Jobs for a Programmer
As a programmer, you have many different options to choose from. There are many different types of programming jobs that require various different skill sets and knowledge bases. Many of these jobs require certain languages and certifications.
A few of the typical jobs for a programmer include:
Web Developer – Web developers create websites by translating the needs of clients into actionable results. Web developers use a variety of programming languages, such as HTML or XML, to create websites that are aesthetically pleasing and easy to use.
Game Developer – Game developers create video games and other interactive entertainment software for computer systems, consoles, mobile devices, and the Internet. Game development often requires collaboration with artists and animators to create the visual components of games.
Software Developer – Software developers develop, design, test, and debug software for computer systems and applications. They use computer languages such as Java, C++, and Python to write code for new programs.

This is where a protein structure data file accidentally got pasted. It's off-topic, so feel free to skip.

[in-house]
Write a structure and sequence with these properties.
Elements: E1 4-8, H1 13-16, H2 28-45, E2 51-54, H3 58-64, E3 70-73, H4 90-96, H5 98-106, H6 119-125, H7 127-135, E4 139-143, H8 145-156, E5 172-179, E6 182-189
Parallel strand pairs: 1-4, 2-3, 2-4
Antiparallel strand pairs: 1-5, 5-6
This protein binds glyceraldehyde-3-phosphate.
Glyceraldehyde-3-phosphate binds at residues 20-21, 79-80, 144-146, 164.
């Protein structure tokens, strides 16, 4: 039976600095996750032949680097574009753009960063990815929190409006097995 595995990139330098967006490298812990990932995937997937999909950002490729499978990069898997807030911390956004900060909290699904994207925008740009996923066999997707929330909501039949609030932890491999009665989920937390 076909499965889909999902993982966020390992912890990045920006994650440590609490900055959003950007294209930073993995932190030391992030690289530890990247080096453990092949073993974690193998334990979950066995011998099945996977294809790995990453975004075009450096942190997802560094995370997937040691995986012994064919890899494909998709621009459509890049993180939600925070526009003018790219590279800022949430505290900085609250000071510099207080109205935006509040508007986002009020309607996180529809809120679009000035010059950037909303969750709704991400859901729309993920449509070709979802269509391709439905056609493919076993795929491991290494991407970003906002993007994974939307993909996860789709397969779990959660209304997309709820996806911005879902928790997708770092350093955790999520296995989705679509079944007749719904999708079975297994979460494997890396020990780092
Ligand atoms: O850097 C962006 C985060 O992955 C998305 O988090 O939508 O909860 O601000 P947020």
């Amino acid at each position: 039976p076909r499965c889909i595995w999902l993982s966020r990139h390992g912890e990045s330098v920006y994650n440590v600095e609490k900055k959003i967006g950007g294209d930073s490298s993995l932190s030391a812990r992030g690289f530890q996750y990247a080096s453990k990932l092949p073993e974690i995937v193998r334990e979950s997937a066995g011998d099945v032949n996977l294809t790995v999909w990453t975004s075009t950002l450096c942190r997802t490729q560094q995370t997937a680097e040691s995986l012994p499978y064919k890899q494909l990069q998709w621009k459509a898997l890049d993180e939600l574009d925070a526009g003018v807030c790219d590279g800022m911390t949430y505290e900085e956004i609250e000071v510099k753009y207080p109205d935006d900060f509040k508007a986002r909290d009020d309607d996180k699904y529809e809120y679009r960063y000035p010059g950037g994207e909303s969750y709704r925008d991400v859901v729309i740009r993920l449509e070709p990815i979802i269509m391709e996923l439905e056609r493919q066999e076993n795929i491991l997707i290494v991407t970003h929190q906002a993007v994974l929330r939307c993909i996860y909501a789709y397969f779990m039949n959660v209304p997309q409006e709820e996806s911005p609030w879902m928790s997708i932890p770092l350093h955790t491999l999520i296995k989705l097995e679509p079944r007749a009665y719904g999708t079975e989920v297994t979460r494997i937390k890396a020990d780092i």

Database Administrator – Database administrators organize data and ensure that it is stored properly in a database program. They are also responsible for testing databases to make sure they work properly and can be accessed remotely by users within a network or over the Internet.
We have been looking at the different job positions for programmers and we have seen that it is quite a wide range of jobs. Depending on your experience and what you like to do, there are different directions you can go to. For example if you enjoy coding, but don’t like working with the infrastructure in projects, a developer position might be more suitable than a software engineer position. The same goes for frontend developers who dislike back-end code.
In this blog post I want to discuss another important factor that will determine what job you can take: The programming language.
A high level programming language is a language that is easier for humans to read and write compared to low level programming languages. For example, Assembly code is very hard to read, because there are no keywords and every single thing has to be translated into machine code before it’s executed. A high level language such as PHP or Python use keywords, variables and functions which makes the code much easier to read for humans.